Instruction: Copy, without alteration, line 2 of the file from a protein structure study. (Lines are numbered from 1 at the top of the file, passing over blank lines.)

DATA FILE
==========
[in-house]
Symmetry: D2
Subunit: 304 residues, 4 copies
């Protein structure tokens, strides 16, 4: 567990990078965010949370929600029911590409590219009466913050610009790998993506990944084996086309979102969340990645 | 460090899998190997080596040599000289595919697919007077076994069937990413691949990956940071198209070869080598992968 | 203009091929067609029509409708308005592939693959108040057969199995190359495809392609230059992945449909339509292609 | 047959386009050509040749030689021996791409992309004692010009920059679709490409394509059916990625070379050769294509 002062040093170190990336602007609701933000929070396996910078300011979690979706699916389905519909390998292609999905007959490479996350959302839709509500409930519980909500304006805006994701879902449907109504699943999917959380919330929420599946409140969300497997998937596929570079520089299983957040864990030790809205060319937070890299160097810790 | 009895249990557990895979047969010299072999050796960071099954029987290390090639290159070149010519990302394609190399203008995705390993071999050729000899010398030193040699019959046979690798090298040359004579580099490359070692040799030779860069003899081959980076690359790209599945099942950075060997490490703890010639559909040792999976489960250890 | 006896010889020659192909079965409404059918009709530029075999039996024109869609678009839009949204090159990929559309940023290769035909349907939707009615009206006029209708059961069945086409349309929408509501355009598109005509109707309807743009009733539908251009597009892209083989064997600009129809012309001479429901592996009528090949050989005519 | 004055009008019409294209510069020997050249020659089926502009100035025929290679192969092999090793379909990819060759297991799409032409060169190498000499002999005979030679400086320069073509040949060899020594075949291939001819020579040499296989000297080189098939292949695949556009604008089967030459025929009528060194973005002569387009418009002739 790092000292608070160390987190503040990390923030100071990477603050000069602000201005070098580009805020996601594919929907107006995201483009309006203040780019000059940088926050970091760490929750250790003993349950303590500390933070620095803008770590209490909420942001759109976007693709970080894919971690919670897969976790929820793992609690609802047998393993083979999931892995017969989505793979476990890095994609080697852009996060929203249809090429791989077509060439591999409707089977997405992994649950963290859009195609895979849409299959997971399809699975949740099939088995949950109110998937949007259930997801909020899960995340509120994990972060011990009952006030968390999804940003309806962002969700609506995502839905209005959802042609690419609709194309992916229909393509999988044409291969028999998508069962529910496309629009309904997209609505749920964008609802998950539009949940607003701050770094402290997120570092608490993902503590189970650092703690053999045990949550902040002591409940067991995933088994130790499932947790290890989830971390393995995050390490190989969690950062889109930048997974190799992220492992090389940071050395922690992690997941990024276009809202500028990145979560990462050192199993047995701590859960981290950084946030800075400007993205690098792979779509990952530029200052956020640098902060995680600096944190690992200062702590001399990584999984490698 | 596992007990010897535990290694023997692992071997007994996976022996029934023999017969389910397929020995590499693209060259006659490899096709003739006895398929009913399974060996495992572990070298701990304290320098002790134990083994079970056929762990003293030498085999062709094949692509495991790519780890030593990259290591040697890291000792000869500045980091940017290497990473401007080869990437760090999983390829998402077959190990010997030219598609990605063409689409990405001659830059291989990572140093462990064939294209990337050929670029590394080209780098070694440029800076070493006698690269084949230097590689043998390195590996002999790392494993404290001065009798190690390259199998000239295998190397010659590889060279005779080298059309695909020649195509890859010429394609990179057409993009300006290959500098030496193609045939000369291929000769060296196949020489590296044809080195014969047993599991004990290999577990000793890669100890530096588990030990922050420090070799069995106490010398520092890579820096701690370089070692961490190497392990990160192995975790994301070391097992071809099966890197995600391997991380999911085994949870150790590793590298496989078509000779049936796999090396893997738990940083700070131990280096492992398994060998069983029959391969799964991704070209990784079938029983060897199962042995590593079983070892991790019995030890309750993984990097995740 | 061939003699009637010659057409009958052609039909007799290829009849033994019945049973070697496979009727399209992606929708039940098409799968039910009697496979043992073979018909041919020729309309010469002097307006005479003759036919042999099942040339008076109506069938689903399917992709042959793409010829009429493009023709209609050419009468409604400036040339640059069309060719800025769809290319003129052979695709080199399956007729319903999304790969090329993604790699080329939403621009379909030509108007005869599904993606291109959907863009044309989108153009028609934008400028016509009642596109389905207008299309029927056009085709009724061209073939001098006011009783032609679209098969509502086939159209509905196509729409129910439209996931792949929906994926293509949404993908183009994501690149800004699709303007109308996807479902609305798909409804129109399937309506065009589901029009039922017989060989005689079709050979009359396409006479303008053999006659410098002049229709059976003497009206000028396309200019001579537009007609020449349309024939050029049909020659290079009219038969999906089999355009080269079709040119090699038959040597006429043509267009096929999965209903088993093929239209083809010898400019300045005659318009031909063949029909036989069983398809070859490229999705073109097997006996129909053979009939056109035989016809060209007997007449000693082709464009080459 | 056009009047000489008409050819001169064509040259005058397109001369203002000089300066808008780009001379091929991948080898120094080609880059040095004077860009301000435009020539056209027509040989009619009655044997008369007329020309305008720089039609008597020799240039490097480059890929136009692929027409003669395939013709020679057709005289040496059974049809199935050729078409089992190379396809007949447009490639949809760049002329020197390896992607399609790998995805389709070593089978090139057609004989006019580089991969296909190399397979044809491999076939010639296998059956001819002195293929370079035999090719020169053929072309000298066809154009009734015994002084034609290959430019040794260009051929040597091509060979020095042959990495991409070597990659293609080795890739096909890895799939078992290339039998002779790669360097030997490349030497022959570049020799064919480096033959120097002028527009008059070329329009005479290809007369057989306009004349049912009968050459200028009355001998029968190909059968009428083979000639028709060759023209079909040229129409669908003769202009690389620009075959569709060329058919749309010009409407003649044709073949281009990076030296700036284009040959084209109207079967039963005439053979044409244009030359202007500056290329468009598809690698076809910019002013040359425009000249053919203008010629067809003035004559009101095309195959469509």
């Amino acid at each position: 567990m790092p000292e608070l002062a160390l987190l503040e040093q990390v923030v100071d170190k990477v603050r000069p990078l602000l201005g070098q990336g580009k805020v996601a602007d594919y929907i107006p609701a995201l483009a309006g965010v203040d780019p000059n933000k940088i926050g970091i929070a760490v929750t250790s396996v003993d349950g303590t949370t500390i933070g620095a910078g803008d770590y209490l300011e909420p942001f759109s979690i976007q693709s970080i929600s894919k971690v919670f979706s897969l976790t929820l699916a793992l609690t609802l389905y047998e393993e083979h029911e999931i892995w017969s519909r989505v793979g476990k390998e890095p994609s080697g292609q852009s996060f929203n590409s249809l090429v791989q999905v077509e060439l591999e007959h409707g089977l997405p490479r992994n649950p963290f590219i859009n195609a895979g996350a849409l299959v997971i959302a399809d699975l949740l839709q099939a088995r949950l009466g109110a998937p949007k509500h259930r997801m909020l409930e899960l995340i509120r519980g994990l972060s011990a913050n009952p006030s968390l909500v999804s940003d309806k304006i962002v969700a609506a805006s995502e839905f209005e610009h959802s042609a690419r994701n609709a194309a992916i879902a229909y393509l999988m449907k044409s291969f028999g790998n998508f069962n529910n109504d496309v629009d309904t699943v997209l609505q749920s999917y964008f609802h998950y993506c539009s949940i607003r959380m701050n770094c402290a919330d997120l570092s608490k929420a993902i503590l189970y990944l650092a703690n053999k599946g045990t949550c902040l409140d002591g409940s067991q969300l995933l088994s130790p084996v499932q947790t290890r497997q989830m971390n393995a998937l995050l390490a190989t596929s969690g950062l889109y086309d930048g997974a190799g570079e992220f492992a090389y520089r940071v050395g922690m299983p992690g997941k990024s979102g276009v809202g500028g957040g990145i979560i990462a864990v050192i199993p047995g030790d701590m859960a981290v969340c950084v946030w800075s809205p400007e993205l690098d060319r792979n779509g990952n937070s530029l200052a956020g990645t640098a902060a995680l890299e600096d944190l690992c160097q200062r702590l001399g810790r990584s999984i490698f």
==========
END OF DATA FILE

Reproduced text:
Symmetry: D2